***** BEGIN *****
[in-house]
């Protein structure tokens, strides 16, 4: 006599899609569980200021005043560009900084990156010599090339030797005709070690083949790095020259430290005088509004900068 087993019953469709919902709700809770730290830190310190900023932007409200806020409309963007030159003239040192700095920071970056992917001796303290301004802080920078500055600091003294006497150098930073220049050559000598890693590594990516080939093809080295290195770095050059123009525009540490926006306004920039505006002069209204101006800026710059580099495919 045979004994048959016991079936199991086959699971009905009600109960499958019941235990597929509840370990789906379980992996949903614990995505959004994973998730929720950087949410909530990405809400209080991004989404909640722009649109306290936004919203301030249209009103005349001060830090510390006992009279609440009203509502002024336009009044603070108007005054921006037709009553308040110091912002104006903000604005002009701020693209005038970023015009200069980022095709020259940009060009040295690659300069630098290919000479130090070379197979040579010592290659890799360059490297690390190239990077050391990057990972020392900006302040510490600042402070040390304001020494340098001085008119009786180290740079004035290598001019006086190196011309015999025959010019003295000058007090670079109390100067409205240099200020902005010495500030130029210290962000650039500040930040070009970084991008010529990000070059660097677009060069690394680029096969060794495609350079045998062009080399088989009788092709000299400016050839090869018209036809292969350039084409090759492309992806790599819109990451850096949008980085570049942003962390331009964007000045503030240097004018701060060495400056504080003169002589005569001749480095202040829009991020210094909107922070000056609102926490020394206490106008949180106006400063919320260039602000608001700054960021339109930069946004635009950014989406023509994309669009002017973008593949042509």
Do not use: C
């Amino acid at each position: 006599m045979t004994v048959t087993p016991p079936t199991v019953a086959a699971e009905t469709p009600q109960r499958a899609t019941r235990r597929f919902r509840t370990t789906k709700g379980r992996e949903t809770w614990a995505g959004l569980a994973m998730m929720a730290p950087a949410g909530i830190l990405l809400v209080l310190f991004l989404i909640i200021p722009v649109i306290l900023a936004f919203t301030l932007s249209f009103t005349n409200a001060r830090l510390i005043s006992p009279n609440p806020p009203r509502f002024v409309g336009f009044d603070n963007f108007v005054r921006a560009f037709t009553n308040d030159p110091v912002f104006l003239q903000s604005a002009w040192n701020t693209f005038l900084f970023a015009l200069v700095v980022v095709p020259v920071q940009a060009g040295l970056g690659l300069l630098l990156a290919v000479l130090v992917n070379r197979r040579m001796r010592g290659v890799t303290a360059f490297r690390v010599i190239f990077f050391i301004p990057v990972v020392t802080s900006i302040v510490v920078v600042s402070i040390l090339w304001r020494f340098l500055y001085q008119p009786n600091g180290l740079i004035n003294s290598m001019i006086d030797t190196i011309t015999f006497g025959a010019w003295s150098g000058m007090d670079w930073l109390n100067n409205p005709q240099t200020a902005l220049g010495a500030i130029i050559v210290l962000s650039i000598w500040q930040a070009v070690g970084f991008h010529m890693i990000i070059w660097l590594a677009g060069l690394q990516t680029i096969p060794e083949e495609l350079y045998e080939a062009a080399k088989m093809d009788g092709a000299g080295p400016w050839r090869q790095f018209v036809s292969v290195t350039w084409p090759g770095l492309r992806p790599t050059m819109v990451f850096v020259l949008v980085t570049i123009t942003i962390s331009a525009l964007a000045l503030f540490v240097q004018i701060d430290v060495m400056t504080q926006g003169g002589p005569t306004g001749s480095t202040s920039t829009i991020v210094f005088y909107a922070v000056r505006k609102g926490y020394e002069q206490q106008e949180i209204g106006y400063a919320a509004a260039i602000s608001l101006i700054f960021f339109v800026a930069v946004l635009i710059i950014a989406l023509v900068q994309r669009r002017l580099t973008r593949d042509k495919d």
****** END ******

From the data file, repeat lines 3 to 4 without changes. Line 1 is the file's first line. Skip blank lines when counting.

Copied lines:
Do not use: C
């Amino acid at each position: 006599m045979t004994v048959t087993p016991p079936t199991v019953a086959a699971e009905t469709p009600q109960r499958a899609t019941r235990r597929f919902r509840t370990t789906k709700g379980r992996e949903t809770w614990a995505g959004l569980a994973m998730m929720a730290p950087a949410g909530i830190l990405l809400v209080l310190f991004l989404i909640i200021p722009v649109i306290l900023a936004f919203t301030l932007s249209f009103t005349n409200a001060r830090l510390i005043s006992p009279n609440p806020p009203r509502f002024v409309g336009f009044d603070n963007f108007v005054r921006a560009f037709t009553n308040d030159p110091v912002f104006l003239q903000s604005a002009w040192n701020t693209f005038l900084f970023a015009l200069v700095v980022v095709p020259v920071q940009a060009g040295l970056g690659l300069l630098l990156a290919v000479l130090v992917n070379r197979r040579m001796r010592g290659v890799t303290a360059f490297r690390v010599i190239f990077f050391i301004p990057v990972v020392t802080s900006i302040v510490v920078v600042s402070i040390l090339w304001r020494f340098l500055y001085q008119p009786n600091g180290l740079i004035n003294s290598m001019i006086d030797t190196i011309t015999f006497g025959a010019w003295s150098g000058m007090d670079w930073l109390n100067n409205p005709q240099t200020a902005l220049g010495a500030i130029i050559v210290l962000s650039i000598w500040q930040a070009v070690g970084f991008h010529m890693i990000i070059w660097l590594a677009g060069l690394q990516t680029i096969p060794e083949e495609l350079y045998e080939a062009a080399k088989m093809d009788g092709a000299g080295p400016w050839r090869q790095f018209v036809s292969v290195t350039w084409p090759g770095l492309r992806p790599t050059m819109v990451f850096v020259l949008v980085t570049i123009t942003i962390s331009a525009l964007a000045l503030f540490v240097q004018i701060d430290v060495m400056t504080q926006g003169g002589p005569t306004g001749s480095t202040s920039t829009i991020v210094f005088y909107a922070v000056r505006k609102g926490y020394e002069q206490q106008e949180i209204g106006y400063a919320a509004a260039i602000s608001l101006i700054f960021f339109v800026a930069v946004l635009i710059i950014a989406l023509v900068q994309r669009r002017l580099t973008r593949d042509k495919d």